So her teacher and I ran out of things to talk about very quickly. Her teacher is young and enthusiastic and very nice and Princess likes her but she's not as much fun as the very quirky and opinionated older teacher Princess had last year, who really had a soft spot for my strong willed and also very opinionated girl and treated me to a stream of funny anecdotes of what Princess was getting up to at school. I do miss Mrs P. She's taught all my kids at one point or other and we've always got on very well. Must try not to hold this against the new teacher!

Wednesday, November 11, 2009

Times Twelve.

Do you know, I have driven down the same small street in Musselburgh twelve times today, what with one trip or another. At no point have I driven further than two miles from my own front door, but I have been round and round and up and down and across this blessed town carrying tubas and trombones and a variable number of kids and bags of sports equipment and all the rest all bloomin' day. Or so it seems!

How do mums without cars manage? Do they manage all this by taxi and bus? Or do they just take the sensible option and restrict the number of activities and interests their kids are allowed to do? I was on taxi service duty from 4.15pm to 9.00 pm today, not to mention the am run to school with the trombone.

And to top it all, I had to miss the allotment AGM. First time in thirteen years, bah. And me on the committee too. Bah bah bah. I'm not happy!

Tuesday, November 10, 2009



Get up, get kids up, feed kids, assemble lunches/backpacks/kids, make sure kids are clean and dressed, send kids to school. have shower and breakfast, deal with emails. Put on load of laundry. Go to spinnning group at Haddington. Very pleasant lunch with Pollianicus. Quick trip round the Haddington charity shops. (Didn't buy anything.) Back home for kids coming home from school, make dinner, do laundry, supervise homework, feed kids, take Princess to Cubs, take Lad to buy new school jacket, fetch Princess from Cubs, come home. Message on answerphone from neighbour to say that Oliver's mum Lily has had five kittens and could they borrow the kitten cage again? Take cage round (no I didn't see the kittens), come home, get kids to bed. Husband comes home from work. Feed husband. Feed self.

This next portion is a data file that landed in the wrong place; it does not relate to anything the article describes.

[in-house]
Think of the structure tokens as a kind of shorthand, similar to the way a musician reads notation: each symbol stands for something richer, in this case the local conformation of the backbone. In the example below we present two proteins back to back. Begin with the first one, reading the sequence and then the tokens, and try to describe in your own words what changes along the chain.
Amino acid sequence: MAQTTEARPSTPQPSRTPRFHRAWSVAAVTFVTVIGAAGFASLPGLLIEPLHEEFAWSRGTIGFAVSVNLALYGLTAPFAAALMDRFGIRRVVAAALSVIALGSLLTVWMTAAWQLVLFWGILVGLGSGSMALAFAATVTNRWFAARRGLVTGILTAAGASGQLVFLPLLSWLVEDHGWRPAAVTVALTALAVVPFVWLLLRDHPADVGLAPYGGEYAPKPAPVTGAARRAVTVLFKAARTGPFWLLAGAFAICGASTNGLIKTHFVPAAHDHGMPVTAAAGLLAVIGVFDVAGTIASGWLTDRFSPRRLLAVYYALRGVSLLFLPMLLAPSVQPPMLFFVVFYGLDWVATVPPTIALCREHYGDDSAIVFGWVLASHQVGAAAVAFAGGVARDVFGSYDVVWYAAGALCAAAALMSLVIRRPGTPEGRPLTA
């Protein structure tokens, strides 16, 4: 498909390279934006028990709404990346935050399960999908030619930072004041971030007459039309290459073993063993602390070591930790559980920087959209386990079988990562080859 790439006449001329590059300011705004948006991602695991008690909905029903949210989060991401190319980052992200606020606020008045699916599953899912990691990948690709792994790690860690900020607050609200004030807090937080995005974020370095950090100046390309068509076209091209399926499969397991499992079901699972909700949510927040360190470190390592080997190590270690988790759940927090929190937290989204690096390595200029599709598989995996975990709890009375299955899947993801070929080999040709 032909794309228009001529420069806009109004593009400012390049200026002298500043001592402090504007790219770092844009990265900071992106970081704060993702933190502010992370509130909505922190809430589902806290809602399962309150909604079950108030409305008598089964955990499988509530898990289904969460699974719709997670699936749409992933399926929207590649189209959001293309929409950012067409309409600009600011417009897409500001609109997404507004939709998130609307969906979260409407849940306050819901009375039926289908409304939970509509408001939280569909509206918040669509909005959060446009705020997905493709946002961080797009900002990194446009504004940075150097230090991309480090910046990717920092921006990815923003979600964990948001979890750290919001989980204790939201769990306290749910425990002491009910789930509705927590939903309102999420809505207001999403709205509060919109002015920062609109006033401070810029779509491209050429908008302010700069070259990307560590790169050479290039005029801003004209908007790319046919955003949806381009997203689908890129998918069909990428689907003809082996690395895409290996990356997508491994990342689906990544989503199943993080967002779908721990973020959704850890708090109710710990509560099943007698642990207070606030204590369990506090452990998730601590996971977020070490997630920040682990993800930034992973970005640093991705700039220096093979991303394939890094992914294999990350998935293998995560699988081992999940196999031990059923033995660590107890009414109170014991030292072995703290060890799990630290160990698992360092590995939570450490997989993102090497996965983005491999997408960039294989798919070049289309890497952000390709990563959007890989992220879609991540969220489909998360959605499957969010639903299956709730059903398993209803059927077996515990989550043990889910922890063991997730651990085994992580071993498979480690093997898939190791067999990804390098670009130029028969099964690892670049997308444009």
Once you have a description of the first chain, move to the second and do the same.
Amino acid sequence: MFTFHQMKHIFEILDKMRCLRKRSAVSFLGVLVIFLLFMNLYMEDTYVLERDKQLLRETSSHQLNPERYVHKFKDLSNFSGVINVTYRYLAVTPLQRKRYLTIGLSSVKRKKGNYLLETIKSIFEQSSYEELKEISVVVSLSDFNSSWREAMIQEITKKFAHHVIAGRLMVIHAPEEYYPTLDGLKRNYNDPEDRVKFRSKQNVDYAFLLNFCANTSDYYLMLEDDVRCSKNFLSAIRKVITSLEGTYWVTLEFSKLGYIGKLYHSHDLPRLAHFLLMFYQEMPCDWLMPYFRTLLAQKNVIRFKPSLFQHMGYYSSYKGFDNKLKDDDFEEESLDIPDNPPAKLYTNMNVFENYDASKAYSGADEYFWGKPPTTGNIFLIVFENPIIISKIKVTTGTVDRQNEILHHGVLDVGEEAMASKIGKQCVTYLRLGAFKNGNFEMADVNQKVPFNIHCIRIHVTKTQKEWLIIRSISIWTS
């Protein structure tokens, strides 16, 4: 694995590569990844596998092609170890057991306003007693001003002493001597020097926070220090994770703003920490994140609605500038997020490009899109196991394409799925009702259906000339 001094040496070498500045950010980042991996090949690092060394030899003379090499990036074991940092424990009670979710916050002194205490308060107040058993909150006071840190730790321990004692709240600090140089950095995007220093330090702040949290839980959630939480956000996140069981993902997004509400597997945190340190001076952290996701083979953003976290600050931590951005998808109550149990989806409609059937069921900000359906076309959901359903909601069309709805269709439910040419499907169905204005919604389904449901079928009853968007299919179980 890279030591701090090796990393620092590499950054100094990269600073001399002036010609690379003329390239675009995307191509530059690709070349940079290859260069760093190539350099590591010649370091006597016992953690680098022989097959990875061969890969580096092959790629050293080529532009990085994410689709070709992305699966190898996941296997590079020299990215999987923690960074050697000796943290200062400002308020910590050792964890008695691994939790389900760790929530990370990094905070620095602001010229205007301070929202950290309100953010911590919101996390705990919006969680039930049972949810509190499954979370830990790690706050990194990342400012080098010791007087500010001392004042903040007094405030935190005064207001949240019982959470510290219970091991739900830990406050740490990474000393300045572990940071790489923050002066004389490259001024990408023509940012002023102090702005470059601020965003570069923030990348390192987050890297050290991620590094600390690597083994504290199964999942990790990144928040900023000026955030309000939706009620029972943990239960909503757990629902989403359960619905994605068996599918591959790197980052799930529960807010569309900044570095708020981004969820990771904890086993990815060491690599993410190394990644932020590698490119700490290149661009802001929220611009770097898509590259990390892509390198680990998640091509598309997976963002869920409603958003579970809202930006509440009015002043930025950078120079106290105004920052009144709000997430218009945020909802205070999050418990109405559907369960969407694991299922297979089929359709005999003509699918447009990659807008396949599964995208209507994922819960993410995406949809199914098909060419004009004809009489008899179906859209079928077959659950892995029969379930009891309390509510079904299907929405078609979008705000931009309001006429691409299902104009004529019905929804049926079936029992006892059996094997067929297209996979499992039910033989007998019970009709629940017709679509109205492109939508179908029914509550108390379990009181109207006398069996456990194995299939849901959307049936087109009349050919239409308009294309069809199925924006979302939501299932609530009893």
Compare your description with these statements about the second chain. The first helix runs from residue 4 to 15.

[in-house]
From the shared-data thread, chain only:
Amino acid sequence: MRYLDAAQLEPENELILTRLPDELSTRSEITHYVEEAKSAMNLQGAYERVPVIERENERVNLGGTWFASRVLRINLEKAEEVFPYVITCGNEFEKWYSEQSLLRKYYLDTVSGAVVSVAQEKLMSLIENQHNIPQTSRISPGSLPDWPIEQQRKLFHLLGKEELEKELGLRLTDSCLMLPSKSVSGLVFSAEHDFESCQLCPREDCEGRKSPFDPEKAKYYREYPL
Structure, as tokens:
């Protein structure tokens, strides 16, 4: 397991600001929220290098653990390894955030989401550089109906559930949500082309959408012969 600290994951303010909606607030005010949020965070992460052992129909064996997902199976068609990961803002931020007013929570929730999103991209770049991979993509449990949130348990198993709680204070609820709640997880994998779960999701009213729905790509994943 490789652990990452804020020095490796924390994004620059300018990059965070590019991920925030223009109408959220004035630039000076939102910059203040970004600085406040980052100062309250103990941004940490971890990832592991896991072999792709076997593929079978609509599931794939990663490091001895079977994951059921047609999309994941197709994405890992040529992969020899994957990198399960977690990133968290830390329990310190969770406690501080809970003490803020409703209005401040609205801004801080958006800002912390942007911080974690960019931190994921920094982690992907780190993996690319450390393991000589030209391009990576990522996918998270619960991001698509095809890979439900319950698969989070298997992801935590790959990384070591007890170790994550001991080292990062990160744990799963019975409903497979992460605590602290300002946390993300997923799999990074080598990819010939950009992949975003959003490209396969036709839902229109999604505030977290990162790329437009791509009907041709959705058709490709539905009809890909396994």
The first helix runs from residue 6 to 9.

Think I'm going to sit on the sofa, knit a couple of rounds of plain sock then go to bed. Tomorrow is going to be a busy day, not quiet like this one.

Monday, November 09, 2009

First Frosts.

It was the first hard frost of winter last night. We live on a hill looking down into one of the local parks and all the grass and trees were diamond white. I live near the sea and as such we miss most of the snow but we can still get some killer frosts. The allotment will be a heap of shattered vegetation today and the pond will have stared to freeze. Start of winter.

I didn't go to the allotment today though as I was so tired from the weekend. You'd think that sitting on your rear end spinning and chatting for six hours, plus an hour's drive at each end would be a reasonable but not excessive day out, no? Apparently not. I was shattered yesterday and this was not helped by having to go to Princess's Cub Scout Remembrance Day parade and service,which took up the best part of four hours of hanging around and walking, with only a brief sit down in church.

So this morning I got up at the usual 7am, got the kids off to school and went back to bed. I didn't get up till lunchtime and I'm still creeping around dead tired and with no energy. Off to the doc's again, methinks. Got an appointment booked for Friday.